The World Health Organisation (WHO) is recommending that all gay men who are sexually active should take antiretroviral drugs in a bid to reduce the spread of HIV.
The organisation stated that this would aid in the prevention of one million new HIV infections in the next ten-year period.
Officials have issued warnings that the rates of HIV in this particular group remain at a high level globally.
However, activists suggest that this move could discourage the use of condoms which is one of the most effective methods of stopping the spread of the virus.
The WHO report indicates that males who have sex with males are 19 times more at risk of contracting HIV than the general population.
Health experts claim that offering drugs to all men who are at risk, known as pre-exposure prophylaxis, will offer an extra method for the prevention of the infection, along with usage of condoms.
Studies have shown that the risk of contracting HIV can be reduced by up to 92% if it is taken consistently by those who are in the high-risk group.
The Terrence Higgins Trust’s Dr Rosemary Gillespie said that it is already known that when someone has HIV, the treatment reduces the chances of it being passed on, as does the use of condoms. She stated that the idea of treatment as prevention may not be new, but the idea of offering this to HIV-negative persons who fall into high-risk groups is.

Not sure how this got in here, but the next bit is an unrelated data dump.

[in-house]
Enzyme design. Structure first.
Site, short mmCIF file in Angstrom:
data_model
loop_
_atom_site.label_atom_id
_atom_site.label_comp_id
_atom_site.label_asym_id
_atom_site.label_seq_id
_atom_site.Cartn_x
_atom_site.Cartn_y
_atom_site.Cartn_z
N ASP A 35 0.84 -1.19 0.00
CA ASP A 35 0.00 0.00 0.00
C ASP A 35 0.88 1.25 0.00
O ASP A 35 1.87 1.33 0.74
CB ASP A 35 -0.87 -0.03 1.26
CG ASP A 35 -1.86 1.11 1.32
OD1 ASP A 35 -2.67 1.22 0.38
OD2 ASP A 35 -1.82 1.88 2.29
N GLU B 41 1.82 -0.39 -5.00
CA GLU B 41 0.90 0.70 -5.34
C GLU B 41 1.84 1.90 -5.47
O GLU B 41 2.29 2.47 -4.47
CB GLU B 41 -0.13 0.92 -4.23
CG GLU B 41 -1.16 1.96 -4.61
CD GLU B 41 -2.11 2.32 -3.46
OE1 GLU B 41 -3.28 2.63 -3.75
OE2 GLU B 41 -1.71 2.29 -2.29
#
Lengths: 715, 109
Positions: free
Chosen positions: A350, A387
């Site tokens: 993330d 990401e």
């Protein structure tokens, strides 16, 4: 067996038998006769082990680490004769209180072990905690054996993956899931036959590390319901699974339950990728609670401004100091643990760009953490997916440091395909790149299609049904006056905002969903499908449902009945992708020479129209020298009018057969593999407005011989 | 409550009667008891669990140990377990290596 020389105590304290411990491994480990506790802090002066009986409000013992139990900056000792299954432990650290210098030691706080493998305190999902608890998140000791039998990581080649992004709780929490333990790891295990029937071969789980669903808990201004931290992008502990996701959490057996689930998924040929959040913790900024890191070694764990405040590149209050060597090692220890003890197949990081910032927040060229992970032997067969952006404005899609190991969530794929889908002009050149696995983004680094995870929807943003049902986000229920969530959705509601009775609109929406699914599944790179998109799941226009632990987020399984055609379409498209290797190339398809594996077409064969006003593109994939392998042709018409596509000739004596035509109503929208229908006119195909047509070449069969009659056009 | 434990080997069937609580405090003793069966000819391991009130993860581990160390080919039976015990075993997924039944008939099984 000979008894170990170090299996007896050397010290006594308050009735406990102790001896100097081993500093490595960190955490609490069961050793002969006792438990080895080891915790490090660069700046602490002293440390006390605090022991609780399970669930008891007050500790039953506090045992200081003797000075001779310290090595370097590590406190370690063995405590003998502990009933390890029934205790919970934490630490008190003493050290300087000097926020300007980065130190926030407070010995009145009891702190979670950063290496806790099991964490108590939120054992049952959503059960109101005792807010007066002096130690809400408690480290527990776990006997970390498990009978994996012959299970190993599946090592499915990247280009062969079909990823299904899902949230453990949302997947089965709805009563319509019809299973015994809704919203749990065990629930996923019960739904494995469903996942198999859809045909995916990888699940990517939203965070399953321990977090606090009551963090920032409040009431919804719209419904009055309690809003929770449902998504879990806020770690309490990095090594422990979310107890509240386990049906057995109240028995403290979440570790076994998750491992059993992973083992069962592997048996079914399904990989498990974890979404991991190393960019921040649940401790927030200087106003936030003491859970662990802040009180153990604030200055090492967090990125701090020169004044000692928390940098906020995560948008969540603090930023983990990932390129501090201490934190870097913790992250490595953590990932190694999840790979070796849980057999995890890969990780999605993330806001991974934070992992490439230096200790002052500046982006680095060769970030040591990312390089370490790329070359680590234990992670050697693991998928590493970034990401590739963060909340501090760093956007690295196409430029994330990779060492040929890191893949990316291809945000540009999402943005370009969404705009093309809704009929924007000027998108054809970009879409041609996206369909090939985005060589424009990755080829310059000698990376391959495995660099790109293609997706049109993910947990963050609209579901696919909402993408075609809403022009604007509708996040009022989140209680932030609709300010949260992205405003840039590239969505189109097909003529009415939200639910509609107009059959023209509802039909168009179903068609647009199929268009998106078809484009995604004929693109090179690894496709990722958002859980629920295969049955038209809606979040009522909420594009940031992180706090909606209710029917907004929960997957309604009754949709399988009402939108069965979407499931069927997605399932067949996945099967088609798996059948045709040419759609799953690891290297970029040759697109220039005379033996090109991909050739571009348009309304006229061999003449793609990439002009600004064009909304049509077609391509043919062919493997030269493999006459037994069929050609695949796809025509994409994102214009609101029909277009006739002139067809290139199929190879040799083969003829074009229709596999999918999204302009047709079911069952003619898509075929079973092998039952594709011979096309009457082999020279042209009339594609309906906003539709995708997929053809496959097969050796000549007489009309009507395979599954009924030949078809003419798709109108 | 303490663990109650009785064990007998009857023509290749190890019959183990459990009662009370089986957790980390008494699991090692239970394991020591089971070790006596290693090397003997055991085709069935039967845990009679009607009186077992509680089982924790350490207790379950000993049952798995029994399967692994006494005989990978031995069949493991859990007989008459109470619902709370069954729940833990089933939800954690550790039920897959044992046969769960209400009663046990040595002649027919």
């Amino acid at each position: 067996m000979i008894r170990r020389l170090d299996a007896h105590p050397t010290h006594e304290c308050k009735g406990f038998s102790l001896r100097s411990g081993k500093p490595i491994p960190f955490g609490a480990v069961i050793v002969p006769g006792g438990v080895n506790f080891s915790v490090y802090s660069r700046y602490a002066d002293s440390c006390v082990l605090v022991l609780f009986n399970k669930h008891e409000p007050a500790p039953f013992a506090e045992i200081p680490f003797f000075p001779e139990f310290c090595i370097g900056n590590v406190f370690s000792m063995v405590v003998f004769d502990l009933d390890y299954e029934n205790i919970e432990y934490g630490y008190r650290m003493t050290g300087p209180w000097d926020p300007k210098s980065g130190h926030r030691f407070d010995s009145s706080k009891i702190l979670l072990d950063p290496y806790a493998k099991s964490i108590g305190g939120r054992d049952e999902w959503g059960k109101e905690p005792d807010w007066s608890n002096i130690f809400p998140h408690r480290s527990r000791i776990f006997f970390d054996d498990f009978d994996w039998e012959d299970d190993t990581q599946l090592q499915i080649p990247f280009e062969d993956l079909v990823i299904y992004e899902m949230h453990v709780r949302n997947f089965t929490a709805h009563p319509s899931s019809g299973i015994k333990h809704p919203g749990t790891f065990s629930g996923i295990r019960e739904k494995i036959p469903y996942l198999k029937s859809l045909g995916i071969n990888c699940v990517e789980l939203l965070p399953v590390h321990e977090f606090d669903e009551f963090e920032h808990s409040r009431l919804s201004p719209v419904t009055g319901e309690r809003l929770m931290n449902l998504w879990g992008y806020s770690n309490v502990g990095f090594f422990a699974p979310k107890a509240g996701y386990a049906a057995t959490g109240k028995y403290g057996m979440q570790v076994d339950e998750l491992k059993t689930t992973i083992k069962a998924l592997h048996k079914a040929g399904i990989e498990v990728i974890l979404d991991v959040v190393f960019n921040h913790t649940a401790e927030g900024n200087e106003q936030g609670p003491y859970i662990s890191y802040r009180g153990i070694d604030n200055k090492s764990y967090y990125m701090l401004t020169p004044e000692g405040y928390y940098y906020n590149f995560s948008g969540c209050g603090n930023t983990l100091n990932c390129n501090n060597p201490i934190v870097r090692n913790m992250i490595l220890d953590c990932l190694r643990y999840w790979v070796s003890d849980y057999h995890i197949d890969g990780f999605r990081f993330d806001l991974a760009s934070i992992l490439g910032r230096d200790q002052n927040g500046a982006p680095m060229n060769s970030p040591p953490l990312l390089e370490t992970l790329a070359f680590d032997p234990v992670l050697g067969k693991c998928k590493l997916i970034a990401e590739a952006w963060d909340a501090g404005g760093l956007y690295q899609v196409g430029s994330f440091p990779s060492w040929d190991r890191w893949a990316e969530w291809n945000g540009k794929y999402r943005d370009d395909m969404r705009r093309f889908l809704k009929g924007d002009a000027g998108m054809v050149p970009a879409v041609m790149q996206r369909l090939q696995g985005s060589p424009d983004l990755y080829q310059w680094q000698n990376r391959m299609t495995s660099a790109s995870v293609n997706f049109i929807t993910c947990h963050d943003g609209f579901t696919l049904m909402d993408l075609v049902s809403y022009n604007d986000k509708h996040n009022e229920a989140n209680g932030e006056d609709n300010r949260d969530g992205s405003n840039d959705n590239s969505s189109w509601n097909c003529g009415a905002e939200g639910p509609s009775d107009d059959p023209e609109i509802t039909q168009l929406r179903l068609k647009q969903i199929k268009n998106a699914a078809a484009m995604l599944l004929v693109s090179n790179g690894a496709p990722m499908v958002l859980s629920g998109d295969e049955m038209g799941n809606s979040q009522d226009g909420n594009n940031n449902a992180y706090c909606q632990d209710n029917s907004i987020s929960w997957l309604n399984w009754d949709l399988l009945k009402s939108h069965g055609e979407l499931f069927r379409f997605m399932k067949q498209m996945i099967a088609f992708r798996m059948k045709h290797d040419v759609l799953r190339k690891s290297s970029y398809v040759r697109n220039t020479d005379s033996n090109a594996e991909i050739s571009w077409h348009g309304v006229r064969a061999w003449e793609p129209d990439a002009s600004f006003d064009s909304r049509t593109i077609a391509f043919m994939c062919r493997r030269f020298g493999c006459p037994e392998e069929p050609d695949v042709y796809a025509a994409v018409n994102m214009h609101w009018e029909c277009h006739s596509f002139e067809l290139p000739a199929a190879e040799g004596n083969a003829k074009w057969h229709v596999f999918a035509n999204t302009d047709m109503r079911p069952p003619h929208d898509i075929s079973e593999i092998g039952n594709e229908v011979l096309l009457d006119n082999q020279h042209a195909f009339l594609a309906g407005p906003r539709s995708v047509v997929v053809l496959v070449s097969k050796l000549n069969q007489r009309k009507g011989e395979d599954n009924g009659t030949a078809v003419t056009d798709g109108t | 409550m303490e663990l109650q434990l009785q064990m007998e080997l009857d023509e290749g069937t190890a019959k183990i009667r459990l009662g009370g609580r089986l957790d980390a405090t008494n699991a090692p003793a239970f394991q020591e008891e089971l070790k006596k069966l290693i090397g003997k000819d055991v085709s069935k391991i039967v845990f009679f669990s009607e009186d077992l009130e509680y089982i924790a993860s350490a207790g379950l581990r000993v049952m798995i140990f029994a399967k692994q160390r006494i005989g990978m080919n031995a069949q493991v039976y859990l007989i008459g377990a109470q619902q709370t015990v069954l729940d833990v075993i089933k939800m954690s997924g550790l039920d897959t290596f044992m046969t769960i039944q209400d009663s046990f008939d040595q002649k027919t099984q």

She added that pre-exposure prophylaxis is a very exciting approach and could be one of the methods used to reduce the spread of the disease in the future, however, evaluation needs to be undertaken to determine its effectiveness in preventing HIV among homosexual males.
Dr Gillespie stated that until the final results of the UK trials are revealed, regular testing and condoms are the best weapons against HIV, as well as other sexually transmitted infections.
Although the number of deaths from Aids has declined sharply, the WHO says there are key populations who should receive more attention.
The report stated that transgender females have a HIV risk level of almost 50 times more than other adults, which is similar to that which is observed among persons who inject drugs.
Sex workers are 14 times more at risk of having HIV than the general population.
The World Health Organisation’s Dr Gottfried Hirnschall, said that failure to offers services to those who are at more risk of HIV hinders further progress of this worldwide epidemic and poses a threat to the health of individuals, their families and the general population.
Image Credit: Guillaume Paumier